The Montclair Township Council had a light agenda for its September 19 meeting, passing eight pending ordinances and six resolutions, as well as the bill list. One resolution that got much commentary from members of the council was the one awarding a contract to Abraham General Construction for improvements to Edgemont Park.
Fourth Ward Councilor Renée Baskerville said the improvements that members of the Parks and Recreation Advisory Committee proposed for the park were “outstanding,” and she said that committee members hope to be more involved with the council in all issues regarding parks and open spaces. Deputy Mayor / Second Ward Councilor Robin Schlager said that the Friends of Edgemont park group was also supportive. But Dr. Baskerville asked if the money was left over from a previous source for park spending, or “reprogrammed.”
Acting Township Manager Tim Stafford explained that funds were in fact reprogrammed from Green Acres funding for Edgemont Park. He said there was more funding possible through the state Green Acres program, and he added that Montclair has sent a letter to the state asking to be kept informed of such funding. Mayor Robert Jackson has a sent a letter to the state endorsing such funding.
Mayor Jackson also said the current Green Acres funding had been earmarked for past Edgemont Park improvements – primarily the dredging of the pond and the anti-erosion wall along the shoreline – and the town was required to use the money for other Edgemont Park improvements or lose it altogether. He said the emphasis on Edgemont Park – the new improvements for which include reconstruction of the paths and improving the parking area – should get the town focused on getting other town parks up to par in time for Montclair’s sesquicentennial (150th) anniversary celebration in 2018, citing the need for new benches, upgraded paths, and improved lighting. He said the town parks needed “a little TLC.”
While the council passed the Edgemont resolution 7-0, an ordinance regarding the placement of waste disposal cans within 12 hours before 6:00 A.M. on trash or recycling collection days was amended to specify that such cans must not be placed on sidewalks so that they do not block any pedestrian rights of way. Councilor-at-Large Rich McMahon asked where the cans would be placed; Township Attorney Ira Karasick, who added the language about sidewalks, said it could be placed along the curb on the street or on the grass strip between the curb and the sidewalk. Resident Jerry Kapner objected to the new rule, saying that in his neighborhood, with its wide sidewalks and narrow streets, he and his neighbors would have no choice but to put their cans out on the street and block traffic. For that reason, Councilor McMahon voted against the ordinance, though it passed with the rest of the council voting for it.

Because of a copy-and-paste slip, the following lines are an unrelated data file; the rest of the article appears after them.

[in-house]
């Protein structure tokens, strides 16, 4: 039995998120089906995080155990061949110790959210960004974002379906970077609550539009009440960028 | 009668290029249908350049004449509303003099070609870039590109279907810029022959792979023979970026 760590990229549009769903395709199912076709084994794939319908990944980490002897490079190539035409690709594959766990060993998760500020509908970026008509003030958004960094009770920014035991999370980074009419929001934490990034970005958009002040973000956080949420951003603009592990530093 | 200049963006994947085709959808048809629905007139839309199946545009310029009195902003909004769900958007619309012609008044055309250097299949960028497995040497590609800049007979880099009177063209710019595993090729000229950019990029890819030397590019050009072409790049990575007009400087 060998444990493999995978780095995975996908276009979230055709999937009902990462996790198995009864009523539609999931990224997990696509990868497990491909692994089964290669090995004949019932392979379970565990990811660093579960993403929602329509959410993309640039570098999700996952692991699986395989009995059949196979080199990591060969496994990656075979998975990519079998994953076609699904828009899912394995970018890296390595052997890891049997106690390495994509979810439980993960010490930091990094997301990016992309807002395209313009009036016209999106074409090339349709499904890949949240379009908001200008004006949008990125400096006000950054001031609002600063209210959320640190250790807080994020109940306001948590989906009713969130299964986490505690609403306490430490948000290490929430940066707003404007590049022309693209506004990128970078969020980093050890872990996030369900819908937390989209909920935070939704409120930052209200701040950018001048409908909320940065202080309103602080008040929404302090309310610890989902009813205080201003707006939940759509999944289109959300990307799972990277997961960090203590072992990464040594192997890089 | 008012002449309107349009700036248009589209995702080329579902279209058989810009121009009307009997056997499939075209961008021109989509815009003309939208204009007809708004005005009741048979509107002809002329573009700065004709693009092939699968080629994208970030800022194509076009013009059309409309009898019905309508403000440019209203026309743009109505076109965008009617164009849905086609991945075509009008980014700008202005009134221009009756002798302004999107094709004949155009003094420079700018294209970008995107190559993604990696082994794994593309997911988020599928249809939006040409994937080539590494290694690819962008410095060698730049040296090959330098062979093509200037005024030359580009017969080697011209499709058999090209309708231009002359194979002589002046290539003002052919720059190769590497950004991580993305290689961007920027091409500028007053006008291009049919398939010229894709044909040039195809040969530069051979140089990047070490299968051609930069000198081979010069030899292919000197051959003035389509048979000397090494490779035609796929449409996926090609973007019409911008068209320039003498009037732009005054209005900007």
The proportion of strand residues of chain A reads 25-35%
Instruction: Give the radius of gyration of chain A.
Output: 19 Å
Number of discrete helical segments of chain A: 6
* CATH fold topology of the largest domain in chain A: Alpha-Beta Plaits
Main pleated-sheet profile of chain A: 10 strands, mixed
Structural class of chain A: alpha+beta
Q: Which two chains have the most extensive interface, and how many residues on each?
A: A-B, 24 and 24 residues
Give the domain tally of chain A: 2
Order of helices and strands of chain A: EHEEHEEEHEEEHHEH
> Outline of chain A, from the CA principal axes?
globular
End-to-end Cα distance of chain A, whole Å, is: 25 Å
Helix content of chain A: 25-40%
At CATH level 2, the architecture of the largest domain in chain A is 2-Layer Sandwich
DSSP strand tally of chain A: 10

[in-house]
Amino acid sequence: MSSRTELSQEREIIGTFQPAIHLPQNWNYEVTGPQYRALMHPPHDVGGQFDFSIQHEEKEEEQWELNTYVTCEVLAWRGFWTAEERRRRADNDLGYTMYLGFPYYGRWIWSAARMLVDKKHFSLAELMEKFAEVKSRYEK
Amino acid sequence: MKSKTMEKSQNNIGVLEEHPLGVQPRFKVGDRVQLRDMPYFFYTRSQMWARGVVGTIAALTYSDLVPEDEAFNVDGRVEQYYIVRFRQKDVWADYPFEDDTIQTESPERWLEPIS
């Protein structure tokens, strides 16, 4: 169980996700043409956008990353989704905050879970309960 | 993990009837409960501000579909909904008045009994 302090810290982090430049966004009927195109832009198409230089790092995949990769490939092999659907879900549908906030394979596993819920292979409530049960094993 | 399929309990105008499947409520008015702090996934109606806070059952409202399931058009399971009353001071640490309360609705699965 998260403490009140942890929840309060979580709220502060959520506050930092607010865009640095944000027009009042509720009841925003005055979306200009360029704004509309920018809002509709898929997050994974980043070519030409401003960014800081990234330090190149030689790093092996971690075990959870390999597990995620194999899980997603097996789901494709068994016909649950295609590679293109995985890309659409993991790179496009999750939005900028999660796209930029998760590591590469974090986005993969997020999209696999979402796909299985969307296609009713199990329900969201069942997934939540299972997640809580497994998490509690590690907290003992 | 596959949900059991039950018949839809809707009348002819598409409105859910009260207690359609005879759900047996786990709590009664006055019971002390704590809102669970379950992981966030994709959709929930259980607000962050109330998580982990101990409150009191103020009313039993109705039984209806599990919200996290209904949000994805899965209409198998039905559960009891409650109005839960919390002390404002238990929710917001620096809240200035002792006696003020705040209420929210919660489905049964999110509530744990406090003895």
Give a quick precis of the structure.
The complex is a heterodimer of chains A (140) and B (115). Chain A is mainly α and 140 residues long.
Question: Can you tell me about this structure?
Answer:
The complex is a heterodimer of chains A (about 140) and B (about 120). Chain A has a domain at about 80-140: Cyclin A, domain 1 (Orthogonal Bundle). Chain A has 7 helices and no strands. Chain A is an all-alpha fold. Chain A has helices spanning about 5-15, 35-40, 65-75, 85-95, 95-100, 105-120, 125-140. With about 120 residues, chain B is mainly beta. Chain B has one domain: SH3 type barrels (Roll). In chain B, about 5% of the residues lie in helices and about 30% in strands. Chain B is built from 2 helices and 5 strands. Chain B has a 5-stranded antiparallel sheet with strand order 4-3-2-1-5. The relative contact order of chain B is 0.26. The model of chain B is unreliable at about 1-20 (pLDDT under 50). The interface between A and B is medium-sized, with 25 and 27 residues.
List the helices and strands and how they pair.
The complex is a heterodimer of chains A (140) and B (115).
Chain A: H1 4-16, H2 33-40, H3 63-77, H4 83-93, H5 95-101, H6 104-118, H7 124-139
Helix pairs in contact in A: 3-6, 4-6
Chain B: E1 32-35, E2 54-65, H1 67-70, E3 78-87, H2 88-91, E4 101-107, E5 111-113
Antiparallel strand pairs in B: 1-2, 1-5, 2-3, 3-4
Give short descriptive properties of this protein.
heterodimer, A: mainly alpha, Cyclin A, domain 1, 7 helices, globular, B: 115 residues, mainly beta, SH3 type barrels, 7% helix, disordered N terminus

Also, the council unanimously passed an ordinance to repave Valley Place, a private street in the First Ward. Third Ward Councilor Sean Spiller said he was concerned that the township has been adding new streets to the list of private streets to be repaved before the streets already on the list get done. He said there was one street on the list from 2015 that still hasn’t been done. “My concern,” he said, “would be around, are we backed up to that point? Are we missing some and moving on to others? That’s something I’d like to make sure we’re addressing.” Manager Stafford said he would continue to press the issue from his end, calling Councilor Spiller’s comment a “valid point.”
The council also passed a few proclamations at the start of the meeting. One honored former resident Juliana Belcsak, who has since moved to South Carolina, for her work in helping Montclair establish “sister city” relationships with numerous towns in other parts of the world, and another honored Shirley Cobert, who has long been renowned in the community for her work with the League of Women Voters. Another proclamation was for declaring Mitochondrial Disease Awareness Week, which focuses on a disease that causes mitochondrial organelles to fail to produce enough energy for cells. It is the second most commonly diagnosed genetic disease, after cystic fibrosis. Cary Africk, who represented the Second Ward on the council for the term between Deputy Mayor Schlager’s first two terms, accepted the proclamation with his wife Elizabeth, and he spoke with pride of how the township was taking the initiative to publicize awareness of the disease, which includes illuminating the war monument at Edgemont Park. It was the most bittersweet proclamation of the evening; former Councilor Africk’s nephew Evan Shulman’s son Noah died of the disease in infancy.